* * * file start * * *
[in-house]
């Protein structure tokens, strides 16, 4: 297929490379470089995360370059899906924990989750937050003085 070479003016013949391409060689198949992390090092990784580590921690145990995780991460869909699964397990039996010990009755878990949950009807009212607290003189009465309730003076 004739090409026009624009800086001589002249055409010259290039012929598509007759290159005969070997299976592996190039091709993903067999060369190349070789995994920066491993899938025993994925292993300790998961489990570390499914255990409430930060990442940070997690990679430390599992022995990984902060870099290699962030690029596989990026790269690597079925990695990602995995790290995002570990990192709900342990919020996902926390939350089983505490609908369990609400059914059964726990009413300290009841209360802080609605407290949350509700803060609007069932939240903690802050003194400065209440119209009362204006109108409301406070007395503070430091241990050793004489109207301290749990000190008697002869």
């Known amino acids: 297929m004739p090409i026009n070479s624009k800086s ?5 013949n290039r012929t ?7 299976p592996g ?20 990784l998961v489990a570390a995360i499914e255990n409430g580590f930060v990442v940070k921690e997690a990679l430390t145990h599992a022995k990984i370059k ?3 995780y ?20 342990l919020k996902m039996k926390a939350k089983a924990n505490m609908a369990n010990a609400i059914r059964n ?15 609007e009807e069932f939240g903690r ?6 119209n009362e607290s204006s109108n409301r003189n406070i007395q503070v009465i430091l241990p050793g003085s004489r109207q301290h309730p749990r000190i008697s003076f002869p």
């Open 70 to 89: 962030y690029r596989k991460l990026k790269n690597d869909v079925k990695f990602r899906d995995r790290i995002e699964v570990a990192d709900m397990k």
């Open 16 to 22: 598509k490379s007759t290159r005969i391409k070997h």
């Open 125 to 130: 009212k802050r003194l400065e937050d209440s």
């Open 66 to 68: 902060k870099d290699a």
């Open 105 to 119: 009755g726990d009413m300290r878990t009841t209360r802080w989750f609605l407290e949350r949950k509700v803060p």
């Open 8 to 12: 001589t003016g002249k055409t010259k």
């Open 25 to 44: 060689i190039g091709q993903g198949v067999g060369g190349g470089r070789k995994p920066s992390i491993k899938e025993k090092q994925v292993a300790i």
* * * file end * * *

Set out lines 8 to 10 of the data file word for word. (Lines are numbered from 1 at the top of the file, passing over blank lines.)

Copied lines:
């Open 105 to 119: 009755g726990d009413m300290r878990t009841t209360r802080w989750f609605l407290e949350r949950k509700v803060p």
């Open 8 to 12: 001589t003016g002249k055409t010259k």
């Open 25 to 44: 060689i190039g091709q993903g198949v067999g060369g190349g470089r070789k995994p920066s992390i491993k899938e025993k090092q994925v292993a300790i």